Dietary Levels of Zinc and Manganese on the Performance of Broilers Between 1 to 42 Days of Age

BHC Pacheco VS Nakagi EH Kobashigawa ARM Caniatto DE Faria DE Faria FilhoAbout the authors

ABSTRACT

The objective of this study was to determine the optimal dietary concentration of zinc and manganese on the performance characteristic and the requirement of these trace minerals derived from organic sources for broilers from 1 to 42 days of age. In experiment 1, zinc was evaluated, whereas manganese was evaluated in experiment 2. In each experiment, 320 males chicks were distributed in iron mesh metabolic cages (0.9m x 0.7m x 0.5m), according to a completely randomized experimental design in eight treatments with five replicates of eight birds each. In experiment 1, zinc sulfate was included at 0,60 and 100mg/kg and zinc methionine at 20, 40, 60, 80 and 100mg/kg. In experiment 2, manganese sulfate was added at 0, 65 and 105mg/kg and manganese methionine at 25, 45, 65, 85 and 105 mg/kg. Trace mineral requirements were determined comparing only organic trace mineral levels. The evaluated trace minerals (zinc and manganese) did not influence broiler performance, independently of source or level. It was concluded that the requirements of broilers from 1 to 42 days of age were supplied with no addition of zinc or manganese, under the conditions of the present experiments. However, under commercial rearing conditions, which are more challenging, the use of levels higher than 33.00 mg/kg and37.80 mg/kg of zinc and manganese, respectively, may be justified.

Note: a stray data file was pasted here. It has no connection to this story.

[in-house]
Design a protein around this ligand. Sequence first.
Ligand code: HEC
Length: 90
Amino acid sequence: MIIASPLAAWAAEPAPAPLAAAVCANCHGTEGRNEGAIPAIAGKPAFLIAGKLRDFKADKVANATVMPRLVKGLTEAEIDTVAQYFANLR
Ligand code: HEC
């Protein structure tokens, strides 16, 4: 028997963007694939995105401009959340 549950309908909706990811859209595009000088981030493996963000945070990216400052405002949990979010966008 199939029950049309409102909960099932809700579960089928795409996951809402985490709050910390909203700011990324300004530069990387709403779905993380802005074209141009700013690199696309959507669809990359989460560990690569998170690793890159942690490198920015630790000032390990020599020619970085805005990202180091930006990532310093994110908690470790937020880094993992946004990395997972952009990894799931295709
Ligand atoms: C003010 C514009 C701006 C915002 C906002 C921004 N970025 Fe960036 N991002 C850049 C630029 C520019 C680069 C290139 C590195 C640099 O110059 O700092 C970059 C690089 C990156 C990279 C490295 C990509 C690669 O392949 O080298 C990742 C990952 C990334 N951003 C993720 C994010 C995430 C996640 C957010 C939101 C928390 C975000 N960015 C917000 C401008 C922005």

Keywords:
Avian; feed conversion ratio; nutrition; requirements; trace minerals.

INTRODUCTION